North House says they teach “traditional Northern crafts,” but I like to describe them as a school of pre-industrial technologies. If you want to start with tree and an axe and end with a house, this is the place. The teachers tend toward pragmatism— in general, if the state of the craft has improved since pioneer days, the teachers embrace the improvements.
I used to participate in the weekly community bread-baking in the wood-fired oven:
The community bakes have mostly disappeared for lack of a quorum of local bread zealots (the foremost of which departed to run Farm and Sparrow outside Asheville, NC).
Summer solstice weekend always includes the Wooden Boat Show (in conjunction with the wonderful Wooden Boat Magazine), the Boats to Tools auction, the Chowder Chow-Down (a dozen or so restaurants each bring their favorite chowder. Ten bucks at the door gets you a bowl, a spoon and a napkin), lots of boat-related seminars, and the Solstice Pageant local and visiting families have spent weeks putting together (the pageant director hails from the storied Bread and Puppet / Heart of the Beast social nexus). Here’s the Flickr set.
Anders, Shoshanna and I walked down to Lake Superior last night and shot a video of the animation from Boggle and Sneak. Great animation, Mozhi! Shoshanna gets a combat medal for flipping steadily despite the mosquitoes biting her hands!
In a serendipitous voltpunk twist, the August 28, 1935 show tells the (fictional) account of a conversation between Mussolini and Marconi, regarding the wartime and peacetime uses of a ray gun Marconi has developed.
I had yesterday’s Times open at the breakfast table this morning, and saw this amazing story.
Evidently Hedy Lamarr and George Antheil hold the patent for frequency-hopping radio guidance. That’s basically the same technology that lets digital cellular avoid the type of easy eavesdropping that Scanner used to sample.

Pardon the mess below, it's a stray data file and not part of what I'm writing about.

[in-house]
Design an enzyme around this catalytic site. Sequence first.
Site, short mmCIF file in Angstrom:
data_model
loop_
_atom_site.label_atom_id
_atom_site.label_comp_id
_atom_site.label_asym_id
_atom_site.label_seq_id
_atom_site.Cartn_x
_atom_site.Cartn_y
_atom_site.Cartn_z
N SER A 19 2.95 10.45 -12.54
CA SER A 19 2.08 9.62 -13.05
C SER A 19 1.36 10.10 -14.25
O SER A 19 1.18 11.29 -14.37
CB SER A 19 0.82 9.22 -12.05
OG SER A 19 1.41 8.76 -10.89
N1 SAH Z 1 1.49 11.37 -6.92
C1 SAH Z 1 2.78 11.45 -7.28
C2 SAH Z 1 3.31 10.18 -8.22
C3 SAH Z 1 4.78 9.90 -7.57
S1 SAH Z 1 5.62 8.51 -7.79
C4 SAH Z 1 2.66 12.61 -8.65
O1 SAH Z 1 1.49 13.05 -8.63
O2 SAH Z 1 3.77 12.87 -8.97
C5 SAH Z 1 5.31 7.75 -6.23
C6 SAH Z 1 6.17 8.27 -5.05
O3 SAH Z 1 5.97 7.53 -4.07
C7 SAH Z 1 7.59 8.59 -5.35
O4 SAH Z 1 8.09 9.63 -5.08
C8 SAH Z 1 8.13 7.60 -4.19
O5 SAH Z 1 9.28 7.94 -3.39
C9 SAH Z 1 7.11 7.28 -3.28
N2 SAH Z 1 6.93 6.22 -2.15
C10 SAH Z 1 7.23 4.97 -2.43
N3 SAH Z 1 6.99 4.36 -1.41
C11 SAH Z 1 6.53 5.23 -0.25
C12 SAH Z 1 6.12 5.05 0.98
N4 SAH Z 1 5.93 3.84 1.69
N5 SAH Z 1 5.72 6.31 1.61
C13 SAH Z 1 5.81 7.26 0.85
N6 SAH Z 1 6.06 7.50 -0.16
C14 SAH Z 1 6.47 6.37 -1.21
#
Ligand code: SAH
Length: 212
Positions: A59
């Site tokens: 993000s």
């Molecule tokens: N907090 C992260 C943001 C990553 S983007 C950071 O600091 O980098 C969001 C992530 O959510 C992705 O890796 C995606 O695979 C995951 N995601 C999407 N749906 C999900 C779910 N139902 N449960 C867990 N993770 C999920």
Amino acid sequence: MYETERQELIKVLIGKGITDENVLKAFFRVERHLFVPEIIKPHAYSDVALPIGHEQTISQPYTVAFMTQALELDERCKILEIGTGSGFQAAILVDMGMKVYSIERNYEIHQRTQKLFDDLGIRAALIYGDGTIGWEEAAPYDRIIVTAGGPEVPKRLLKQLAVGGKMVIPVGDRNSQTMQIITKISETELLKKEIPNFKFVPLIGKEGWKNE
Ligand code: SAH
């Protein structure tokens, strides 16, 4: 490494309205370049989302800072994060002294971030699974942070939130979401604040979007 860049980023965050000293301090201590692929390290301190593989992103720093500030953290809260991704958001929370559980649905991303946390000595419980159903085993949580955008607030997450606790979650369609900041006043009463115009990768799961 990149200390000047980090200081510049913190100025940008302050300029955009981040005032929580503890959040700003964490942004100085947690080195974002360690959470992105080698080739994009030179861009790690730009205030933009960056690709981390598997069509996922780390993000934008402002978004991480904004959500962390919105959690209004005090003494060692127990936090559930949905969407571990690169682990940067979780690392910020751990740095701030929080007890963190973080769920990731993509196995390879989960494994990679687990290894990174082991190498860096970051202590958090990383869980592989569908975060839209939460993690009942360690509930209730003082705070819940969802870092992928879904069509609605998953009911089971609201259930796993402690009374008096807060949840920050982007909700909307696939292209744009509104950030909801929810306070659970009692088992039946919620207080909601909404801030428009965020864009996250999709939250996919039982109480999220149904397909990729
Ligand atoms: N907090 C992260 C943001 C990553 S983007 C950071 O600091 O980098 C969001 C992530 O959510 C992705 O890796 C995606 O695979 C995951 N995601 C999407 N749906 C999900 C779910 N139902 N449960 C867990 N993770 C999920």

This early version of frequency hopping used a piano roll to change between 88 frequencies and was intended to make radio-guided torpedoes harder for enemies to detect or jam.
Got that? A piano roll, skipping among 88 frequencies! That’s the most awesome hack I’ve heard in ages! If your only tool is a piano, everything looks like a key, I guess. I often worry that computers impoverish our hackish imaginations.
The ‘punk’ part of ‘voltpunk’ is extremely problematic in this case, of course— since what Lamarr and Antheil were anti- in this case wasn’t -authority but -fascism. Punk or not, I’m always happy for hacks in the service of anti-fascism (particularly since our local brand of fascism has friends at the top).
My three-year-old daughter told me a story one evening about inventor trolls who travel to our house in jury-rigged vehicles and subject us to Rube Goldberg practical jokes. Boggle & Sneak is an extension of that story involving kidnapping, shoplifting, rapid prototyping and wiener ballistics. The hardcover includes awesome flipbook animation by Mozhi (watch it).
Boggle & Sneak
Sample chapter, downloads, Maker Faire videos and more after the jump:
He’s early. Too early for his usual train. But it’s cool this early. The roof tar is just barely warm to the touch.
He thinks about this. If the roof were still warm from the previous day—warmer than the early-morning air—and today’s heat made it warmer still, and it never cooled—each day growing a tiny bit warmer than the day before—three steps forward and two steps back—then by the end of summer…
He pictures the tar passing a threshold: turning to vapor, rising in waves, ignited by the tiniest spark—like a telephone call or the reflection from a lens…
I saw Retribution Gospel Choir (a side project of Alan Sparhawk from Low) at the Varsity Friday night, opening for Mark Kozelek. Best I could tell, Alan walked on stage already fully possessed and speaking in tongues. Imagine grabbing Raggedy Andy by the sacroiliac and shaking him as hard as you can while he sings about salvation and damnation and nothing in between. It was a little like staring at a flashbulb: a long after-image.
Mark Kozelek and Phil Carney (whom Mark never acknowledged on stage) played two hours of mid-tempo sixteenth-note patterns under Mark’s four-note recitative. Mark has a lovely voice, but all the songs were squeezed into the emotional range between amusement and ennui. As an artifact of marriage and fatherhood, I spend a surprising amount of time in the range between delight and jubilation, with occasional forays into fury and terror. I’m sure I’m still capable of amusement and ennui, but they are low-amplitude signals that get lost way down in the mix. This is the reason I spend so much of my time listening to second line: You and your children and your ninety-year-old aunt all march down the street and raise a finger to death.